Alan Alda
Alan Alda at the premiere of HBO's 50 Children: The Rescue Mission of Mr. and Mrs. Kraus
Alan Alda at the premiere of HBO’s 50 Children: The Rescue Mission of Mr. and Mrs. Kraus | Brad Balfour Photo

Don’t miss the extraordinary documentary 50 Children: The Rescue Mission of Mr. and Mrs. Kraus,” by first-time director Steve Pressman, airing tonight at 8 p.m. on HBO. Narrated by Alan Alda, with Mamie Gummer (Meryl Streep’s daughter) who reads from Eleanor’s memoirs.

The movie tells the extraordinary story of Eleanor and Gilbert Kraus, an upper-middle class Philadelphia couple who left their comfortable home and children and traveled Nazi-occupied Vienna and Germany in 1939 to save 50 Jewish children from certain death in the impending Holocaust.

Once they arrived in Europe, the couple were constantly in danger and fearful they would be arrested or even killed by Nazi officers. But they were undeterred in their mission to bring the children to the U.S. against almost insurmountable odds.

Pressman is married to Liz Perle, one of the Kraus’s grandchildren, who knew the story of her grandparents since childhood as did the rest of their family, but never spoke of it. It was the grandchildren who decided to make the story public.

Alda was at the premiere of the movie last week at the HBO offices in Times Square, where he mingled with guests, posed for photographs and talked about the film. Now 77, he still looks and sounds great.

Other guests at the screening included Peter Kraus (grandson), Henny Weinkart, one of the rescued children, Israel’s Consul General Ido Aharoni and Sheila Nevins, the savvy president of HBO Documentary Films.

Nevins told me that the film came to HBO when an associate of Pressman’s, who worked at HBO, brought her the documentary “in a somewhat rawer form.” She said, “It was so moving and spectacular and we doctored it up a little with Alan Alda to narrate.” She had met him some 40 years ago and thought, “This is an older person’s film and I’m an older person and he’s an older person, let’s call him.”

The movie feels like a suspense thriller and until the end of the movie, it’s not clear whether the Krauses will succeed. As someone in the film points out, before the doors in Europe where shut, “Jews could get out, but no one would let us in.” The children needed visas, which were almost impossible to obtain, and passports, which had to be authorized by Nazi officials. The couple used their brains and considerable charms – they looked like movie stars – to accomplish their feat.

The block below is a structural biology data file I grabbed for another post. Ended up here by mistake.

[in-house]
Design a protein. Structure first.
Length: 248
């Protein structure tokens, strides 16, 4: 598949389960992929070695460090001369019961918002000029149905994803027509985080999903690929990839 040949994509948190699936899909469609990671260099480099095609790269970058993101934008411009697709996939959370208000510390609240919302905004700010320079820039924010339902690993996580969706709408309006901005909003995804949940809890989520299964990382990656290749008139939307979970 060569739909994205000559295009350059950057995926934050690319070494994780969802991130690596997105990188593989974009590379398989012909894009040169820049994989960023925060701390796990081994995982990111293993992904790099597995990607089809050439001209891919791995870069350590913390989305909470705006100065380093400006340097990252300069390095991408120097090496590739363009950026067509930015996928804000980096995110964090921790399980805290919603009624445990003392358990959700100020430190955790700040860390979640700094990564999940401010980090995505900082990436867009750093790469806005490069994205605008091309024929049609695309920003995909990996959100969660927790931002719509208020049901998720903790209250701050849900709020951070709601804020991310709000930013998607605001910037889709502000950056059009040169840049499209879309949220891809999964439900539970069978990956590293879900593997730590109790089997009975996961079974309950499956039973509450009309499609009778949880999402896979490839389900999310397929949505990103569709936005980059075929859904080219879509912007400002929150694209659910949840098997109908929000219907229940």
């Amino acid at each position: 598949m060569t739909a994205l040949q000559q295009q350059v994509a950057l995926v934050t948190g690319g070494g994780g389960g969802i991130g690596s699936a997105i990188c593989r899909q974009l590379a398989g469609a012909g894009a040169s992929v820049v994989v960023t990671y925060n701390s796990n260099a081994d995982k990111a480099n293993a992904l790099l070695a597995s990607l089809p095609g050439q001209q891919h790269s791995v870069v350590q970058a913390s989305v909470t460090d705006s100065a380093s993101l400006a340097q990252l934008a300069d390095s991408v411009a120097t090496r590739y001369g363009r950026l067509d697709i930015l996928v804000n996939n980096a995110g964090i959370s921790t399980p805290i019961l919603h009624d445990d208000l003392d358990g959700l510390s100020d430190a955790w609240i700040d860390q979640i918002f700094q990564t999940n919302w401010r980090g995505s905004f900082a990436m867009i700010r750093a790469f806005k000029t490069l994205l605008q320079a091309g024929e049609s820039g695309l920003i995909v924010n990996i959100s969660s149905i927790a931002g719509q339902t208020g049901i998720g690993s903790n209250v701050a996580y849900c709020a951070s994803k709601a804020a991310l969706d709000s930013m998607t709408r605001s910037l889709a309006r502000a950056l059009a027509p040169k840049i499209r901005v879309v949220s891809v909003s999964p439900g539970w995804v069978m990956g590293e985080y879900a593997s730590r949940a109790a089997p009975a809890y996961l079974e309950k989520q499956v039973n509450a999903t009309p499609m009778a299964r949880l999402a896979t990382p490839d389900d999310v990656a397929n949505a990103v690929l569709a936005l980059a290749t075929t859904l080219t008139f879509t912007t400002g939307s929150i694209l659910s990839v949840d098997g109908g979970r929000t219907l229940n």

Alda, who most people still think of as Hawkeye from “M*A*S*H,” told me when he got the call from HBO he agreed to narrate because the Kraus story, which he did not know, moved him. “I don’t think most people know the rescue story, which is so emotional,” Alda told me.

The story and the entries in Eleanor’s memoirs, which related what the couple experienced during their efforts, keeps the audience constantly in suspense. There’s a lot of tension in it because you really don’t know that they’re going to make it out. “You can imagine what they must have felt, hope and then despair and then hope,” he said. “And that they got them out is such affirmation of that kind of effort to help people that you don’t know exist, and they’re children.”

Alda added, “That’s an amazing kind of courage and responsibility they took, and a story like that I really think needs to be told. Even though we get each year farther and farther in time from this horrible event in world history, we’ve got to tell these stories more, not less.”

As for Pressman, who was a print journalist for 30 years, he told me even the Holocaust Museum in Washington didn’t know about the story until the Kraus family made them aware of it because of manuscripts, documents, and passports that the family had in their possession for more than 75 years.

“I’ve never made a film before, and here I’m directing Mamie Gummer and Alan Alda,” Pressman said. “I thought I was in a parallel universe at that point.”

The film airs tonight on HBO. It is co-presented by the United States Holocaust Museum.


Please enter your comment!
Please enter your name here